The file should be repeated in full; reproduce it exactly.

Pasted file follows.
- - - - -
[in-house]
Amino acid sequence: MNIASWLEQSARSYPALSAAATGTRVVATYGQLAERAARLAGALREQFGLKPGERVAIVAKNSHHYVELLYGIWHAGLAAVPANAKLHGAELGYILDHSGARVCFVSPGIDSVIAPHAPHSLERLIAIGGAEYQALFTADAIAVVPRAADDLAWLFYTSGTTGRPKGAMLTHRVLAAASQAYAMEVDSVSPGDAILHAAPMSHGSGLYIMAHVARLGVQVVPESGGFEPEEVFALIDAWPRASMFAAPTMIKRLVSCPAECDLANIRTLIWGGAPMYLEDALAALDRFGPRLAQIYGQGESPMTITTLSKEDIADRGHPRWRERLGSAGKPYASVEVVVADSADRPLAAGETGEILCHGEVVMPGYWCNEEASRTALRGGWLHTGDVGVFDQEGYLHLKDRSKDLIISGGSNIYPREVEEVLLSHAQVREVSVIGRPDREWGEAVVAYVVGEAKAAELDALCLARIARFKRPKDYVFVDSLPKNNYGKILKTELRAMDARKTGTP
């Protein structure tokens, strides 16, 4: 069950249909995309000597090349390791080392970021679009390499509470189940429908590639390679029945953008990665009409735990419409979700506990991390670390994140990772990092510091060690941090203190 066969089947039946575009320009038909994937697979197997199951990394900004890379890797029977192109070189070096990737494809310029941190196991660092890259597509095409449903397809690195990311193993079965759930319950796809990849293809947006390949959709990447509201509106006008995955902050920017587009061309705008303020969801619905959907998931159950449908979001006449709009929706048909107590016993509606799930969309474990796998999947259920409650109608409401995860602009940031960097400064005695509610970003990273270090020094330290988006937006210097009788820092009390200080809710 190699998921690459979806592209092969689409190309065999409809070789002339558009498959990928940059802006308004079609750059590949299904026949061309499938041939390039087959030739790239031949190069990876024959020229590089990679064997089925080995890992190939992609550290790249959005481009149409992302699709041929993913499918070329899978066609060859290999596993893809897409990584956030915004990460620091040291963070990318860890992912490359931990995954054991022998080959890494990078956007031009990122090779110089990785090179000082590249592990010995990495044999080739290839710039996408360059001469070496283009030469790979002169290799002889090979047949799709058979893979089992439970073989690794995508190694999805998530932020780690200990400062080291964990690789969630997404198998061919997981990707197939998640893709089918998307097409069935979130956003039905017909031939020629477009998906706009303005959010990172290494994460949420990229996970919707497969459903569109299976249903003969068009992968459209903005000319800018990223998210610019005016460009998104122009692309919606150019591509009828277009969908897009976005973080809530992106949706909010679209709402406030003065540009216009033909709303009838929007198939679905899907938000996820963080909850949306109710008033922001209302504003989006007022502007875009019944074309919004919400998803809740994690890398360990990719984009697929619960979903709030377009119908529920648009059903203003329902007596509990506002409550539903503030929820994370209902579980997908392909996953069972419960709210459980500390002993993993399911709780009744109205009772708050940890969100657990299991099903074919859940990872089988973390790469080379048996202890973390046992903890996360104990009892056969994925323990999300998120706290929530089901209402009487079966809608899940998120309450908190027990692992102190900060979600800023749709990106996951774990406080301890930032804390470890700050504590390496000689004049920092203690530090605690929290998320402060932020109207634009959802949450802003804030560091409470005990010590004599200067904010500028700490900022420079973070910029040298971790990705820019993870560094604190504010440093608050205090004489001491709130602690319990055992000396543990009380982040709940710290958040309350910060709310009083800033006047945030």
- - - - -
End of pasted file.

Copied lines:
[in-house]
Amino acid sequence: MNIASWLEQSARSYPALSAAATGTRVVATYGQLAERAARLAGALREQFGLKPGERVAIVAKNSHHYVELLYGIWHAGLAAVPANAKLHGAELGYILDHSGARVCFVSPGIDSVIAPHAPHSLERLIAIGGAEYQALFTADAIAVVPRAADDLAWLFYTSGTTGRPKGAMLTHRVLAAASQAYAMEVDSVSPGDAILHAAPMSHGSGLYIMAHVARLGVQVVPESGGFEPEEVFALIDAWPRASMFAAPTMIKRLVSCPAECDLANIRTLIWGGAPMYLEDALAALDRFGPRLAQIYGQGESPMTITTLSKEDIADRGHPRWRERLGSAGKPYASVEVVVADSADRPLAAGETGEILCHGEVVMPGYWCNEEASRTALRGGWLHTGDVGVFDQEGYLHLKDRSKDLIISGGSNIYPREVEEVLLSHAQVREVSVIGRPDREWGEAVVAYVVGEAKAAELDALCLARIARFKRPKDYVFVDSLPKNNYGKILKTELRAMDARKTGTP
């Protein structure tokens, strides 16, 4: 069950249909995309000597090349390791080392970021679009390499509470189940429908590639390679029945953008990665009409735990419409979700506990991390670390994140990772990092510091060690941090203190 066969089947039946575009320009038909994937697979197997199951990394900004890379890797029977192109070189070096990737494809310029941190196991660092890259597509095409449903397809690195990311193993079965759930319950796809990849293809947006390949959709990447509201509106006008995955902050920017587009061309705008303020969801619905959907998931159950449908979001006449709009929706048909107590016993509606799930969309474990796998999947259920409650109608409401995860602009940031960097400064005695509610970003990273270090020094330290988006937006210097009788820092009390200080809710 190699998921690459979806592209092969689409190309065999409809070789002339558009498959990928940059802006308004079609750059590949299904026949061309499938041939390039087959030739790239031949190069990876024959020229590089990679064997089925080995890992190939992609550290790249959005481009149409992302699709041929993913499918070329899978066609060859290999596993893809897409990584956030915004990460620091040291963070990318860890992912490359931990995954054991022998080959890494990078956007031009990122090779110089990785090179000082590249592990010995990495044999080739290839710039996408360059001469070496283009030469790979002169290799002889090979047949799709058979893979089992439970073989690794995508190694999805998530932020780690200990400062080291964990690789969630997404198998061919997981990707197939998640893709089918998307097409069935979130956003039905017909031939020629477009998906706009303005959010990172290494994460949420990229996970919707497969459903569109299976249903003969068009992968459209903005000319800018990223998210610019005016460009998104122009692309919606150019591509009828277009969908897009976005973080809530992106949706909010679209709402406030003065540009216009033909709303009838929007198939679905899907938000996820963080909850949306109710008033922001209302504003989006007022502007875009019944074309919004919400998803809740994690890398360990990719984009697929619960979903709030377009119908529920648009059903203003329902007596509990506002409550539903503030929820994370209902579980997908392909996953069972419960709210459980500390002993993993399911709780009744109205009772708050940890969100657990299991099903074919859940990872089988973390790469080379048996202890973390046992903890996360104990009892056969994925323990999300998120706290929530089901209402009487079966809608899940998120309450908190027990692992102190900060979600800023749709990106996951774990406080301890930032804390470890700050504590390496000689004049920092203690530090605690929290998320402060932020109207634009959802949450802003804030560091409470005990010590004599200067904010500028700490900022420079973070910029040298971790990705820019993870560094604190504010440093608050205090004489001491709130602690319990055992000396543990009380982040709940710290958040309350910060709310009083800033006047945030």